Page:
Food, family, faith

Dance South Dancers perform at the 2015 Feast of Saint Mark Italian Food Festival on April 25 at St. Mark the Evangelist Catholic Church in Birmingham (Photo by Dawn Harrison.)

Dance South dancers perform at the 2015 Feast of Saint Mark Italian Food Festival on April 25 at Saint Mark the Evangelist Catholic Church in Birmingham (Photo by Dawn Harrison.)

Thousands attend fourth annual Feast of Saint Mark

By KATIE MCDOWELL/General Manager

BIRMINGHAM – Johanna Giaradina Potter can remember a time when Catholic feast days were held often in the Birmingham area.

“When we were young, we would have feasts all the time,” she recalled.

On Saturday, Potter joined thousands of other Italian-Americans and those who simply appreciate Italian culture – and food – for the fourth annual Feast of St. Mark Italian Food Festival, hosted by Saint Mark the Evangelist Catholic Church on Highway 119.

The event was a day-long celebration of Italian food, music, community and culture starting with a special Feast Mass beginning at 3 p.m. Following mass, Birmingham Mayor William A. Bell, Sr. spoke to the crowd about the city’s Italian community and the importance of cultural diversity.

Entertainment included the Rock Mountain Swing Band, an Italian opera performed by members of Opera Birmingham, Italian dance demonstration by Dance South Dancers and a tribute to Dean Martin featuring Joe Scalissi. Vendors set up inside and outside the church offered pizza, pasta, cannoli, biscotti and vintage Italian posters.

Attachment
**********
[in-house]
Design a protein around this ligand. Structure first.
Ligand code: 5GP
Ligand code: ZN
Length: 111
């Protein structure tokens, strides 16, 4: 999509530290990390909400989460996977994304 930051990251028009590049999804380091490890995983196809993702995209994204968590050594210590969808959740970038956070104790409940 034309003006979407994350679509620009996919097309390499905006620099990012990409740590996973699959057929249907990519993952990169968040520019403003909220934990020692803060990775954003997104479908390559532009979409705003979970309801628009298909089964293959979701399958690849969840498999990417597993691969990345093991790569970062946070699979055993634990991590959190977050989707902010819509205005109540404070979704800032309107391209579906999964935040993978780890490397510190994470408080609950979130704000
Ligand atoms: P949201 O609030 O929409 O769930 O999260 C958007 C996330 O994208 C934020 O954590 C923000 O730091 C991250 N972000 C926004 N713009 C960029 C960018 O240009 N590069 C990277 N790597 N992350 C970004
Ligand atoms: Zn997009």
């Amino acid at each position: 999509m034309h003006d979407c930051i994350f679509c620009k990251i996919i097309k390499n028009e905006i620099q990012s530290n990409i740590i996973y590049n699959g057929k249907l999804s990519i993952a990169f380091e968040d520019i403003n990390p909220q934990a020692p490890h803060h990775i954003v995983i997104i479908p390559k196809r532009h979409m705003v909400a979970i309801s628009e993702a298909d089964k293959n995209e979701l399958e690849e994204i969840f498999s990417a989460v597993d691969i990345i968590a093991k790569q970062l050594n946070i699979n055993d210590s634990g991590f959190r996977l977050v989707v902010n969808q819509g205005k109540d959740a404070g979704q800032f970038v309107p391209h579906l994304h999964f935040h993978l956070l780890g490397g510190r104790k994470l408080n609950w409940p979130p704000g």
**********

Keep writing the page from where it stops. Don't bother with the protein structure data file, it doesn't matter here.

“We have more than 200 volunteers. It’s a massive effort,” Feast of Saint Mark spokeswoman Donna Francavilla said.

Francavilla said they offer 3,000 tickets each year, and the event typically sells out beforehand.

The Italian-American Heritage Society of Birmingham sponsored a booth and had many members in attendance. Club member Leon Chiarella said the club is made up mostly of second, third or fourth-generation descendants of Italians and Sicilians who settled in the Birmingham area around the turn of the century.

“The purpose of the club is to come together and practice the traditions and customs handed down to us by our ancestors,” he said.

Bishop L.D. Barber and Bishop Chellee Barber broadcast the event live for Kingdom Radio Network throughout the afternoon and evening. Festival goers visited the duo to share their thoughts on the event, which celebrates St. Mark, who is the church’s patron saint.

“Not everybody is Catholic. Not everybody is Italian, but they all like the event,” Bishop L.D. Barber said.